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BEHIND THE HEADLINES: Venezuela running out of excuses


BEHIND THE HEADLINES: Venezuela running out of excuses

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BARBADOS’ TOP DIPLOMAT in Washington, Selwin Hart, was frank while remaining within the bounds of diplomacy.

“We want an urgent and peaceful solution. That’s what we are working on,” he told BARBADOS BUSINESS AUTHORITY a few days ago. “The situation in Venezuela is worsening. The political, social and economic and humanitarian situation in Venezuela is not sustainable. We need a solution that is peaceful but also urgent to avert a crisis.”

By “we,” Hart, a career diplomat, was not simply referring to the 280 000-plus people of Barbados but to their neighbours across the Western Hemisphere.

The “situation” he had in mind was Venezuela’s collapsing economy; the increasing likelihood that inflation may hit the unbelievable rate of 1 600 per cent this year; the widespread shortage of food in the supermarkets in Venezuela’s poor neighbourhoods; the bloody demonstrations on the streets of Caracas and elsewhere that have taken dozens of lives in the past three years.

The absence of urgently needed medicines to treat the sick; the monstrous debt of US$110 billion which the country must service; the grab for power by the Venezuelan Supreme Court which sought to take over the authority of the opposition controlled legislature; and the fact that the government led by President Nicolas Maduro was allegedly abusing the democratic traditions that once made Venezuela the envy of Latin America.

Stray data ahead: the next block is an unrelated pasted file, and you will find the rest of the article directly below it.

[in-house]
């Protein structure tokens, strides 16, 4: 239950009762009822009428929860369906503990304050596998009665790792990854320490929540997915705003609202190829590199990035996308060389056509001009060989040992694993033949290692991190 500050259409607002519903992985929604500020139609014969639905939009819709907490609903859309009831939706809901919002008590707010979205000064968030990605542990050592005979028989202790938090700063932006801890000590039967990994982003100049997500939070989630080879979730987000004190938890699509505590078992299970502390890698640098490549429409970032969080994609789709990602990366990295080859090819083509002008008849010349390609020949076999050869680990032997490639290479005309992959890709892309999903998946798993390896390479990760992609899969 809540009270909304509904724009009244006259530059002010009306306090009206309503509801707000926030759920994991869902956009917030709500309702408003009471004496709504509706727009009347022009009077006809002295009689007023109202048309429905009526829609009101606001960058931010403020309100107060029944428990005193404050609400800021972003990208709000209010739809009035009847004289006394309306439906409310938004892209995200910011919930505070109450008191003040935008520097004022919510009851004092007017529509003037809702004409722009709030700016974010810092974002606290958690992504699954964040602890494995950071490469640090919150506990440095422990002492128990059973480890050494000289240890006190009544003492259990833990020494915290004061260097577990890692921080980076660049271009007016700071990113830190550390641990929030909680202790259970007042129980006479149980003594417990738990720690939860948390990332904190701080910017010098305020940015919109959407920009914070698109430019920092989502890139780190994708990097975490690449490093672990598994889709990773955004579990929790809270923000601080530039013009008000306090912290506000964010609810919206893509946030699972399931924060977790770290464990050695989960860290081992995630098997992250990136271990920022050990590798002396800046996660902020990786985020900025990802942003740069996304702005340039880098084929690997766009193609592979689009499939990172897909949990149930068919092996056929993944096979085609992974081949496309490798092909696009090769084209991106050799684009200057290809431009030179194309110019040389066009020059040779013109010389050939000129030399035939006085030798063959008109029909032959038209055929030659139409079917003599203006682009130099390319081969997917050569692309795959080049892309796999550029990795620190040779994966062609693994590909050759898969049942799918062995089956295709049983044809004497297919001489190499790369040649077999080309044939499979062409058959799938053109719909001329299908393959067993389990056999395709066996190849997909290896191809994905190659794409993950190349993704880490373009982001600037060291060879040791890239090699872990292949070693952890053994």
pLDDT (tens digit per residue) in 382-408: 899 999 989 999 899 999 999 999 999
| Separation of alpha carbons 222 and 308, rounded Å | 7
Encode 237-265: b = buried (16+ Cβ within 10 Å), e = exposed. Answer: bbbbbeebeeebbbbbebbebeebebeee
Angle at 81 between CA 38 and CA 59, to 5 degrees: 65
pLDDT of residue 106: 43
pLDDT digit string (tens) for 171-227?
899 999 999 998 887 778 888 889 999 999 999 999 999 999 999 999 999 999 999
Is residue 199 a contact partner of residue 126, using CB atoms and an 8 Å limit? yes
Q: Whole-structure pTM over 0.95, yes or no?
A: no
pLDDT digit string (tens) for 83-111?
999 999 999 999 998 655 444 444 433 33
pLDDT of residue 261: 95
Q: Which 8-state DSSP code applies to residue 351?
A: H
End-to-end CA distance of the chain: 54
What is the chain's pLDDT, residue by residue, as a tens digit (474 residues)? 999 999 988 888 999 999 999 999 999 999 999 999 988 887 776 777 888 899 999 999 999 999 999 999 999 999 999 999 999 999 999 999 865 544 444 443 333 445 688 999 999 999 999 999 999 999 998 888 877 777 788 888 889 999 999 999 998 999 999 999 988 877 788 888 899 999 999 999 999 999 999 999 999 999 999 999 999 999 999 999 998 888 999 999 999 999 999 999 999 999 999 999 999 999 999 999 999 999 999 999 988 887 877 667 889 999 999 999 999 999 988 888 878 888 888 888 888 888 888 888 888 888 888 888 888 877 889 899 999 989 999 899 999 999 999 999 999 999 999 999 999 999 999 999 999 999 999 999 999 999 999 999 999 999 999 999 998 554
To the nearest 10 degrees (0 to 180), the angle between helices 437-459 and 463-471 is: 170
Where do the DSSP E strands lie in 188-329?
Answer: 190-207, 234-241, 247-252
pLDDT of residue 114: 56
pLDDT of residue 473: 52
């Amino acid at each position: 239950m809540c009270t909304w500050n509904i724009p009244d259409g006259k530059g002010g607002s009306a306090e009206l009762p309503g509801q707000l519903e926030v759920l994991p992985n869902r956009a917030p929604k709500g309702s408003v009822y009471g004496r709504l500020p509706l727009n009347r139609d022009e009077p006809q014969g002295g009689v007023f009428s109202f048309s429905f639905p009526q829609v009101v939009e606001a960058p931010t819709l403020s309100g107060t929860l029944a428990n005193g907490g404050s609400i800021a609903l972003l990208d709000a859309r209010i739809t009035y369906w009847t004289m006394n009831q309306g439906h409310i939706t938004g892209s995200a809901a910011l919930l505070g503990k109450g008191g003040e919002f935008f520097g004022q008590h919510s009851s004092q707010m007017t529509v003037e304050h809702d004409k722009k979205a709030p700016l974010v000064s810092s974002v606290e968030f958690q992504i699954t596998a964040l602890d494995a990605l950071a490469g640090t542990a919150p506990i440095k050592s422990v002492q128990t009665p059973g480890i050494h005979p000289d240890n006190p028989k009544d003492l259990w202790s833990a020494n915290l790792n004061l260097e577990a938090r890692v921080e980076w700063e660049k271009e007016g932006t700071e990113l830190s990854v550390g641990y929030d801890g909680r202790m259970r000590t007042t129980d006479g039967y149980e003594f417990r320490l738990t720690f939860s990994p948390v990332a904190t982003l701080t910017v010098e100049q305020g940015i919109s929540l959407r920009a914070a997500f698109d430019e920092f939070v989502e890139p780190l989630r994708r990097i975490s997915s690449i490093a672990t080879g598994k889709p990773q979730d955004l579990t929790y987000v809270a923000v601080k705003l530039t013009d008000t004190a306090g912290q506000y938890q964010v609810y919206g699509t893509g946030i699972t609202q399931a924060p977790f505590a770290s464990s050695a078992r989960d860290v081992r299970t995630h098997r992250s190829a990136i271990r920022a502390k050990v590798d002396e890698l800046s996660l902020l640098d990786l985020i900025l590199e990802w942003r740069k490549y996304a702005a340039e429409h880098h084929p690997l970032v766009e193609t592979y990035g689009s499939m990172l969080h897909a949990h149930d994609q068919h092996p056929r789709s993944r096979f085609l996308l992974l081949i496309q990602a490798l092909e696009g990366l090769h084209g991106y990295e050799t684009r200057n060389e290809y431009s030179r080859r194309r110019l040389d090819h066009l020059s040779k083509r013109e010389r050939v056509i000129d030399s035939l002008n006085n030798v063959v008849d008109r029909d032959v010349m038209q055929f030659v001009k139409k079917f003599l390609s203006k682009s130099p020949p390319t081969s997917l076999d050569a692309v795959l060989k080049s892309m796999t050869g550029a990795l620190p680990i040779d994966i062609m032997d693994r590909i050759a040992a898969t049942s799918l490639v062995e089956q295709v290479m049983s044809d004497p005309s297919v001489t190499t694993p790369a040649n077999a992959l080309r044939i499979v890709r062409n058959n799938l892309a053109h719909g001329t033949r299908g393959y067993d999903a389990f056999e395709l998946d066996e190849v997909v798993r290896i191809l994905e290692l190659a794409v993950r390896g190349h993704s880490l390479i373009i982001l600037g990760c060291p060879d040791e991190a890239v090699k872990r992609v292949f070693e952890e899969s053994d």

“We are trying to find a solution to the problems in Venezuela that are consistent with the values of Barbados and the Organisation of American States,” said Hart.

What an awful fall from grace by a country that less than a decade ago was seen as a paragon of democratic virtue, the sugar daddy for a region that stretched from Cuba, St Lucia, Grenada, Jamaica, Haiti and Honduras to Peru, St Vincent and Argentina to The Bahamas; and a place that’s blessed with the world’s largest oil reserves.

The nightmare that Venezuela has become was crystalised last month when the Organisation of American States (OAS), urged on by its Secretary General Luis Almagro, approved a resolution that called for a foreign ministers meeting to discuss what’s happening in Caracas.

“It’s a very extraordinary step for the organisation to take and it reflects the deep concern of the OAS member states,” explained Hart.

“The resolution that was adopted last week had the support of 19 countries including Barbados. Four other CARICOM countries – Guyana, Jamaica, St Lucia and The Bahamas – also supported it.”

To the consternation of several Caribbean and Latin American states, Barbados among them, Maduro, whose popularity at home has plummeted to an estimated 20 per cent, responded to the passage of the resolution by repudiating the OAS Charter and triggering the process for withdrawing from the body under Article 143 of the charter.

Barbados regrets Maduro’s stance.

“It is very unfortunate that Venezuela has taken this unprecedented step. It is the first member of the organisation to renounce the charter and initiate withdrawal proceedings,” Hart pointed out.